US 20070285191 A1
A piezoelectric resonator with an acoustic Bragg reflector that includes alternating layers of high and low acoustic impedance materials. The high and low acoustic impedance dielectric materials make up electrically insulating layers.
1. A resonator apparatus, comprising:
a piezoelectric resonator overlying an acoustic Bragg reflector; and
the acoustic Bragg reflector comprising a plurality of alternating layers having alternating high and low acoustic impedance,
wherein the high acoustic impedance material comprises an electrically insulating layer,
wherein the low acoustic impedance material comprises an electrically insulating layer.
2. The resonator apparatus of
3. The resonator apparatus of
4. The resonator apparatus of
5. The resonator apparatus of
6. The resonator apparatus of
7. The resonator apparatus of
8. A method of forming piezoelectric resonator with a Bragg reflector, the method comprising:
depositing a dielectric layer of low acoustic impedance material over a substrate;
depositing a dielectric layer of high acoustic impedance material over the substrate;
depositing alternating dielectric layers of the low acoustic impedance materials and the high acoustic impedance materials until the Bragg reflector meets the required reflectivity;
depositing a first resonator electrode;
depositing a piezoelectric layer; and
depositing a second resonator electrode.
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20. The method of claim, 16 wherein the high acoustic impedance material is diamond-like carbon, or silicon doped diamond-like carbon, or both, the layer of high acoustic impedance material is deposited in a 150 mm parallel plate reactor RFCVD chamber with an upper plate being the gas distribution source and a lower plate being the cathode on which the substrate lies, the RF source of about 13.56 MHz is coupled directly to the substrate through the cathode.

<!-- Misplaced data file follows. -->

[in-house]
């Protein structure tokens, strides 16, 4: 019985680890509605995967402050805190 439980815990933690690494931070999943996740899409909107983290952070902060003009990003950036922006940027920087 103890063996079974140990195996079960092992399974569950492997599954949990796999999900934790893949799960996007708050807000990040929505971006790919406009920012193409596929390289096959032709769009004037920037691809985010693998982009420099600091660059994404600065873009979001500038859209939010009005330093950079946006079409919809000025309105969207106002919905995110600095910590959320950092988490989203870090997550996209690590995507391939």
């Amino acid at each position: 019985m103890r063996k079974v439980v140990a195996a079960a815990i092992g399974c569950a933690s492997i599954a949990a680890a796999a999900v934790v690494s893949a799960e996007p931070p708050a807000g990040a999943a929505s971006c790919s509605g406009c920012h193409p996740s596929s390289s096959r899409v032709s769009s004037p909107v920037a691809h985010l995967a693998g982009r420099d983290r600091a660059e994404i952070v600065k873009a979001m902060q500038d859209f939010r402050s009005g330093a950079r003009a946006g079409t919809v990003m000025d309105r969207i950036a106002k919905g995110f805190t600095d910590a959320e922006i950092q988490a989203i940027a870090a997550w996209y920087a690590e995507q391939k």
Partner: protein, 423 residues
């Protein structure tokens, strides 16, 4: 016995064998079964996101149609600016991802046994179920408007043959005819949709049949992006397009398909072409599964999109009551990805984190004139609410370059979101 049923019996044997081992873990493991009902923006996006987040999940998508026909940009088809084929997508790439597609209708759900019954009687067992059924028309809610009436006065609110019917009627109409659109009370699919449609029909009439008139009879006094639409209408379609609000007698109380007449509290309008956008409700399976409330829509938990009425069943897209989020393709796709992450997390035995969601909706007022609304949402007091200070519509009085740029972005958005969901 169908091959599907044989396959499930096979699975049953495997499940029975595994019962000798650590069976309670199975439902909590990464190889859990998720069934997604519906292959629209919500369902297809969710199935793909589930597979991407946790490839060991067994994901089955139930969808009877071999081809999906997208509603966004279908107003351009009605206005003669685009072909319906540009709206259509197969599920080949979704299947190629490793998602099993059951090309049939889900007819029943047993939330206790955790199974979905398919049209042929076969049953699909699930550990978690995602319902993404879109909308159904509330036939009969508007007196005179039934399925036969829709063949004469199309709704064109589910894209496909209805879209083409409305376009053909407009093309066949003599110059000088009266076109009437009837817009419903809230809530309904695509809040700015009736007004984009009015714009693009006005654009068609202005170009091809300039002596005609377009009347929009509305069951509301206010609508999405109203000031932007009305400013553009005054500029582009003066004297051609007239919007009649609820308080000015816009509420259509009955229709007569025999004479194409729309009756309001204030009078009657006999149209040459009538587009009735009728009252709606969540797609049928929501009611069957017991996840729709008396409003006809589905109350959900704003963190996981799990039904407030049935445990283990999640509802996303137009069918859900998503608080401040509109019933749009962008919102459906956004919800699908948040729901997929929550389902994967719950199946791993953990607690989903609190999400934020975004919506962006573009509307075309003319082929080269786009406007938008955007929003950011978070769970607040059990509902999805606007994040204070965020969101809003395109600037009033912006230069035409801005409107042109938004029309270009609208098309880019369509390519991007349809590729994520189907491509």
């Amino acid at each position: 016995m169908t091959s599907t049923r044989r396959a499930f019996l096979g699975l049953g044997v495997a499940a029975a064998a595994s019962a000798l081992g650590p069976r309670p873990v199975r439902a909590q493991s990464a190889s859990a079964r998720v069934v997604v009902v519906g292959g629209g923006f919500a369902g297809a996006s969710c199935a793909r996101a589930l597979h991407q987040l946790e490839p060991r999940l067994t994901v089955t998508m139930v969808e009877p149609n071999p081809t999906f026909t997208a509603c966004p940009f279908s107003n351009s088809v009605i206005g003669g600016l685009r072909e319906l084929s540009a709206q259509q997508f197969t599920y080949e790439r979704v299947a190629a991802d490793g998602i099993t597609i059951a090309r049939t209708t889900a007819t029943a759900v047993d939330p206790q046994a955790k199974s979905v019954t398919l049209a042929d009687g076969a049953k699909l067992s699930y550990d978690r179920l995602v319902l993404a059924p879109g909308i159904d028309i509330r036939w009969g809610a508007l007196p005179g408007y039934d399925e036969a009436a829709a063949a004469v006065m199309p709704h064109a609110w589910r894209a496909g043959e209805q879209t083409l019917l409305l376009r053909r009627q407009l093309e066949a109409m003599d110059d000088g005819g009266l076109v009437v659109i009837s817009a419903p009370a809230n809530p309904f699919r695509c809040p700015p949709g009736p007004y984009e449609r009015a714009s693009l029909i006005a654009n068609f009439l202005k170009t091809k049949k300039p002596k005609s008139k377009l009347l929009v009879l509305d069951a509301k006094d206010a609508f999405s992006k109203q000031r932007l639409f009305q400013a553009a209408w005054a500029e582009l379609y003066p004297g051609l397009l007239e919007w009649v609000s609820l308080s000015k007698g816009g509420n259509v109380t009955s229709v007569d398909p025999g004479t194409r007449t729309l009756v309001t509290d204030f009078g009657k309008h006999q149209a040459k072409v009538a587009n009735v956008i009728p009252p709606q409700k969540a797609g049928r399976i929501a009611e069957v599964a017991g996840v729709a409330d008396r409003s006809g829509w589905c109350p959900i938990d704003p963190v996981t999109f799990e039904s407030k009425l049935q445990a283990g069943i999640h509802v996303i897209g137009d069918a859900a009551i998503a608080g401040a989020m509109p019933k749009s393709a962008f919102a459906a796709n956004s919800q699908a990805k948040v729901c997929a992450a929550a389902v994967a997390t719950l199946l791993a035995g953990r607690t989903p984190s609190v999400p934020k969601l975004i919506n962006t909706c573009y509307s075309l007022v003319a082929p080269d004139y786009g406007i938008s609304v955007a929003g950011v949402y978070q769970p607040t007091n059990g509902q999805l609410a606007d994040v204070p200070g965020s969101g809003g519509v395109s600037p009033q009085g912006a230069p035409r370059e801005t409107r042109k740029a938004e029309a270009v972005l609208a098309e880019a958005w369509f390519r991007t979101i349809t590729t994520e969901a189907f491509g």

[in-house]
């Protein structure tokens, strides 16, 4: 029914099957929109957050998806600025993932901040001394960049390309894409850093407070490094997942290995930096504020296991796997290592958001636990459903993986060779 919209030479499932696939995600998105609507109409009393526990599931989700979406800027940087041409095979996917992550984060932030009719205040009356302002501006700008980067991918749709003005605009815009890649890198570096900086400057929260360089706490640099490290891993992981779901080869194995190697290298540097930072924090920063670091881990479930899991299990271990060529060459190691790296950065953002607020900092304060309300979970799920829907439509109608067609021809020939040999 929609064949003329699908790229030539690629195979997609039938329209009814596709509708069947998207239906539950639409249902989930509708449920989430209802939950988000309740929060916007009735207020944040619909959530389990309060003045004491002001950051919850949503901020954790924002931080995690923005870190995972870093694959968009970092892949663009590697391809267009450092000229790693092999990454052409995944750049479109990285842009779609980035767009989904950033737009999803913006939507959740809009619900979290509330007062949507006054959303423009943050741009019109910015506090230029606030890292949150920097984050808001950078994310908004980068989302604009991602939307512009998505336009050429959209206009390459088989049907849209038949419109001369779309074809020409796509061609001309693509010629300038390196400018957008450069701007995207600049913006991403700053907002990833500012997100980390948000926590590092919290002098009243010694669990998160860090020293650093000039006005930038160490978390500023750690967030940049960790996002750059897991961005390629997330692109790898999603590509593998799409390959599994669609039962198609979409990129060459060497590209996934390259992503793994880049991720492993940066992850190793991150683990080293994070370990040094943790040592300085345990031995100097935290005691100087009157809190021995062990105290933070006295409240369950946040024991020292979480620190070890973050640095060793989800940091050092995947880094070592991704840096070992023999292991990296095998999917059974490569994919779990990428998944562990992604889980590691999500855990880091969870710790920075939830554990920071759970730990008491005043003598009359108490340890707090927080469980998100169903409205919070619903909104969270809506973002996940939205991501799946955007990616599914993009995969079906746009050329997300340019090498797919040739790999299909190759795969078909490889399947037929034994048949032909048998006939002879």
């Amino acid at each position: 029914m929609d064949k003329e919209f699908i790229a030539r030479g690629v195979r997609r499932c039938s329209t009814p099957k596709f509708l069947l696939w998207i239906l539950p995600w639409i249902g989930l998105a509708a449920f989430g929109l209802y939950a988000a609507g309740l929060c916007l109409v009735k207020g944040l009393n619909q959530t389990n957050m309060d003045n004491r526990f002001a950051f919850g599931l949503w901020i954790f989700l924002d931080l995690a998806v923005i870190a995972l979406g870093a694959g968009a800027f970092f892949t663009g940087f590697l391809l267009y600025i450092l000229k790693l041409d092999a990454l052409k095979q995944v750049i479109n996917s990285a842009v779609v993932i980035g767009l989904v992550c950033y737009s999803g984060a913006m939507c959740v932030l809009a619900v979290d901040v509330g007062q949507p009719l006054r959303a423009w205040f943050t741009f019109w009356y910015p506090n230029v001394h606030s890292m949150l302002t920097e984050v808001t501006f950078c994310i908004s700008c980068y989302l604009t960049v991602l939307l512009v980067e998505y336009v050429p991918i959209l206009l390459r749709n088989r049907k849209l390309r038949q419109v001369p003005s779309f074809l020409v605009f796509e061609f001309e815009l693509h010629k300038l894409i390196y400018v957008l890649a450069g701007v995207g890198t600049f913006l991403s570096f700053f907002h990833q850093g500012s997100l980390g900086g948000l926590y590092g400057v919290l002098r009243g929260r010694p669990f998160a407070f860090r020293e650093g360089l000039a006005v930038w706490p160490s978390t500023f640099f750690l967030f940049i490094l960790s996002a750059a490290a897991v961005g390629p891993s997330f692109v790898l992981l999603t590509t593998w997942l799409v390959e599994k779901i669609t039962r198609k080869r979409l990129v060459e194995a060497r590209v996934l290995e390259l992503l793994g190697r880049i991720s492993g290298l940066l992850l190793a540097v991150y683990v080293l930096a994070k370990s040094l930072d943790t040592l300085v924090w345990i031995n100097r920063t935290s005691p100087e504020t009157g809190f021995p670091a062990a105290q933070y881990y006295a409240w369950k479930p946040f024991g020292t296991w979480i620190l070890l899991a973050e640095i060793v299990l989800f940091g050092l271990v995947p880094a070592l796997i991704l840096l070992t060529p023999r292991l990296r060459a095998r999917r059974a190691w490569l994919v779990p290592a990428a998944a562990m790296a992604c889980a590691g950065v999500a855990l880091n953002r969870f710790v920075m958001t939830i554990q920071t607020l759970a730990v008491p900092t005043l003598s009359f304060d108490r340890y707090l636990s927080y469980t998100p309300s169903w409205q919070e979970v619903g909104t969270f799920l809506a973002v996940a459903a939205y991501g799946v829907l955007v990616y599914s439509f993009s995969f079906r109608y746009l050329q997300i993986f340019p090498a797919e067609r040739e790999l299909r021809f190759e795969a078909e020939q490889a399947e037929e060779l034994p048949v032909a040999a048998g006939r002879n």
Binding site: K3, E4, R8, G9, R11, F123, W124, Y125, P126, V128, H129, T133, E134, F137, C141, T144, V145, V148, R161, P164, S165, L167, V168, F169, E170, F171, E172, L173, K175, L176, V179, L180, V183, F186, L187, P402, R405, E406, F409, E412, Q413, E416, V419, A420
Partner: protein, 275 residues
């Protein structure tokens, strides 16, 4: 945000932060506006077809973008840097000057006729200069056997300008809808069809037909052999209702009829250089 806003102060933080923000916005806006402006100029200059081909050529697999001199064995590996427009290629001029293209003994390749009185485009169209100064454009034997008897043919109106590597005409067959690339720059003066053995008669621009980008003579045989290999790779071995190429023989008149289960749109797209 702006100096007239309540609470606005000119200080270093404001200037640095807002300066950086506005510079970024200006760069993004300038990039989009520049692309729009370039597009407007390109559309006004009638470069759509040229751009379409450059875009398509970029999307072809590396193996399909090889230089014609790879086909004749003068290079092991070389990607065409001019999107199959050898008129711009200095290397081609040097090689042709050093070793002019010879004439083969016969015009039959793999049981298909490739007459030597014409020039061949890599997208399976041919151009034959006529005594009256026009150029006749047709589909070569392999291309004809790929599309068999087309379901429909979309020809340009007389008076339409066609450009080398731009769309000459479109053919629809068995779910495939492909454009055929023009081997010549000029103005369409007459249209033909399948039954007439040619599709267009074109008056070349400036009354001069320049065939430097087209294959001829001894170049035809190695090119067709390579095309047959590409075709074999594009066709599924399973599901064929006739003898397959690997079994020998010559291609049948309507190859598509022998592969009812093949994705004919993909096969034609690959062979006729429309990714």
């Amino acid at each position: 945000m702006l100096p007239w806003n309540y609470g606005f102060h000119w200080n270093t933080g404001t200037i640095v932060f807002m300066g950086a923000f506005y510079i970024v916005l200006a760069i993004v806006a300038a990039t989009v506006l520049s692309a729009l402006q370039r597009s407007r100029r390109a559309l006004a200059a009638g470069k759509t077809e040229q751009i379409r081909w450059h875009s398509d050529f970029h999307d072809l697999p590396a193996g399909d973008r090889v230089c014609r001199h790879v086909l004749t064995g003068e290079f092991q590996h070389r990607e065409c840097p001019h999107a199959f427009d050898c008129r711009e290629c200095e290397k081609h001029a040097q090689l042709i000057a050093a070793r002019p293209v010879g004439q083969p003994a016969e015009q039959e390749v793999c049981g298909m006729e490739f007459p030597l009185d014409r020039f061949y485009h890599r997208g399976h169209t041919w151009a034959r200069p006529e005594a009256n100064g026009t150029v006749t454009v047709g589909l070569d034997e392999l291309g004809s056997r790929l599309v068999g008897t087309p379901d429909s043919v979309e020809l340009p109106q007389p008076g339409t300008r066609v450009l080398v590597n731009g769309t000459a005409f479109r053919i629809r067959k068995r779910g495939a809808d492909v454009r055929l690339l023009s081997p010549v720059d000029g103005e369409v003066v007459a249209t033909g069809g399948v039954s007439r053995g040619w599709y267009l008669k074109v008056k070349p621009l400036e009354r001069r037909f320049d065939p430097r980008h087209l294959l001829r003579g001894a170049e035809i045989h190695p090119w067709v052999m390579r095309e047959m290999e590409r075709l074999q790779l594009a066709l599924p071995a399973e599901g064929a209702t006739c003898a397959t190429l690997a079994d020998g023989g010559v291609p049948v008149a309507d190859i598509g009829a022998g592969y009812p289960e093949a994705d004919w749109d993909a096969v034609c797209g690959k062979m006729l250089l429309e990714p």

21. The method of
The present invention relates to a resonator device, and in particular to a resonator device incorporating a piezoelectric resonator accompanied by an acoustic Bragg reflector.
Filters are utilized in RF electronic circuits in many important technological applications. In high volume applications such as wireless mobile telecommunications filter technologies today are dominated by Surface Acoustic Wave (SAW) and microwave ceramics. Ceramic filters are both high performance and low cost but they suffer from having a large footprint on a wireless board. SAW filters exhibit size advantages over ceramic filters but suffer from a relatively poor sensitivity to temperature and a limited power handling capability.
The need to reduce cost and size in wireless equipment has led to a continuing need for even smaller and lower cost filters. One class of filter components that has the potential to meet these needs is based on Bulk Acoustic Wave (BAW) devices. Like SAW devices, BAWs use the piezoelectric effect to convert electrical energy into mechanical energy resulting from an applied RF voltage. Unlike SAWs, however, the energy is directed into the bulk. BAW devices have a superior power handling capability compared to SAWs, are less sensitive to surface contamination, and have the potential for a very small footprint.
BAW devices generally operate at their mechanical resonant frequency which is defined as that frequency for which the half wavelength of sound waves propagating in the device is equal to the total device thickness for a given velocity of sound for the material. BAW resonators operating in the GHz, range generally have physical dimensions of tens of microns in diameter with thicknesses of a few microns.
In order to ensure proper functionality, the piezoelectric layer of the BAW device needs to be acoustically isolated from the substrate. In the prior art there are two methods that have been used to achieve this acoustic isolation. The first of these is illustrated in prior art
The second method of providing acoustic isolation is shown in prior art